Black mould. The words are sticky, dark, and poisonous, eliciting imagery of creepy masses growing in corners of bathtubs and windowsills.
How mould affects human health has been a concern since the 1940s, when toxic black mould, also known as “Stachybotrys,”first got its name.
According to an article written for the Huffington Post, this discovery may have been provoked by an incident in Ukraine in the 1920s, when thousands of horses became ill from a mysterious disease. Symptoms included excessive bleeding, irritation of the respiratory tract, nervous system issues, and even death. The cause? Mould.
Mould can make humans sick, but what about pets? Animals like cats and dogs are curious by nature, and so are at a higher risk of having contact with mould in places hard to reach by humans.
Signs Your Pet Might Be Exposed to Mould
Symptoms of mould exposure vary depending on the type of animal. According to Dr. Jennifer Coates, veterinary advisor for PetMD, there are a few tell-tale signs to watch out for, regardless of whether your pet has claws, hooves, or toes:
- Respiratory problems, including sneezing, coughing, runny nose, wheezing or bleeding from the nose or mouth
- Gastrointestinal symptoms like vomiting, diarrhea, decreased appetite, and changes in stool
- Mould-related allergies resulting in excessive scratching, licking or hair loss
If your pet has symptoms related to mould exposure, don’t panic. The most important thing is to get it to a veterinarian and remove it from the home suspected of causing the illness. If there are other pets in the unit, they should also be removed, even if they are not exhibiting symptoms.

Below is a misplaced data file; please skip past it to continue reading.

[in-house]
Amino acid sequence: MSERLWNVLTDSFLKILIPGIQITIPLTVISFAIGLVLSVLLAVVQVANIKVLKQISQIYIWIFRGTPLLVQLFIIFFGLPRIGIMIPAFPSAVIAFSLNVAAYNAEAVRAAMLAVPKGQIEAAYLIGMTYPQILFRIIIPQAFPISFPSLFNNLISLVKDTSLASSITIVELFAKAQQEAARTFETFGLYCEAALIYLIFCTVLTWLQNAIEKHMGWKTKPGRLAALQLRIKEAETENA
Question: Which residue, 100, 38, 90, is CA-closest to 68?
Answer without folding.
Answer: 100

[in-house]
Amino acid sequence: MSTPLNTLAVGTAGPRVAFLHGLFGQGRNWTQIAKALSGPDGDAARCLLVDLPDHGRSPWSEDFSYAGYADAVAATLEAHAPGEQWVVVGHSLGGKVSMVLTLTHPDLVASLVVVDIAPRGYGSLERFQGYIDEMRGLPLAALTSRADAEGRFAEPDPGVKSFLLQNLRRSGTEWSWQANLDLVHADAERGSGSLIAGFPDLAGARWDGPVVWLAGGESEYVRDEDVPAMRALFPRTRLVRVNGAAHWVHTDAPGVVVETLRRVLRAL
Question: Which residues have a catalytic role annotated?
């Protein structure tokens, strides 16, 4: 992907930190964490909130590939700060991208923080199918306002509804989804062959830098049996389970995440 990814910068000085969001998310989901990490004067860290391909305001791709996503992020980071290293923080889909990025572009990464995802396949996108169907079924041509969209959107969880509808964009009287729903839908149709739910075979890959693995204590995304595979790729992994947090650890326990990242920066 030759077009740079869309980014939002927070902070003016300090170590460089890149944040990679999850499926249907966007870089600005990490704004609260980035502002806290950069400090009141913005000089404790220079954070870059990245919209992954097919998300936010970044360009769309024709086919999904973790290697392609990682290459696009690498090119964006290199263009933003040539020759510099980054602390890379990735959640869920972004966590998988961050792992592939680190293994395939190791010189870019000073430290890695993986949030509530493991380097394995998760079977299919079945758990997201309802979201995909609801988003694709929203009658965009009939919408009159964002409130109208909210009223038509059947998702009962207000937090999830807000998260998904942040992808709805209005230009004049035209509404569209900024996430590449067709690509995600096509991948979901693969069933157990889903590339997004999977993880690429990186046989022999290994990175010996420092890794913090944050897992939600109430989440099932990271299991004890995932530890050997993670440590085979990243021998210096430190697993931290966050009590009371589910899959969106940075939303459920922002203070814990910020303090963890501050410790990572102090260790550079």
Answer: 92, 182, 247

Treatment generally involves managing and supporting the illness with medication, administration of IV fluids, and fresh air.
Once your pet has been treated, ask your veterinarian if it is safe to bring your pet back into the home. You will likely be told to remove the mould from your home. If this is the case, it is imperative your pet be out of the house during the process, as it often stirs up the mould spores and could make the condition worse.
As long as they are treated properly, animals with mould-related illnesses tend to make healthy recoveries.
How to Prevent Mould Poisoning
- Keep your pet out of areas likely to develop mould, like basements, bathrooms or crawlspaces.
- Frequently clean your pet’s food and water dishes, toys and bed and linens.
- If you live in an older unit, consider hiring a professional to test for mould.
- If your animal spends part of its time outdoors, be sure to discourage it from eating or playing with trash.
Pets are special creatures, and it is important to reward their companionship with a safe and healthy home. Mould is dangerous, and a serious threat to your pet’s well-being. Be sure to consider this guide if you ever suspect your pet of mould poisoning.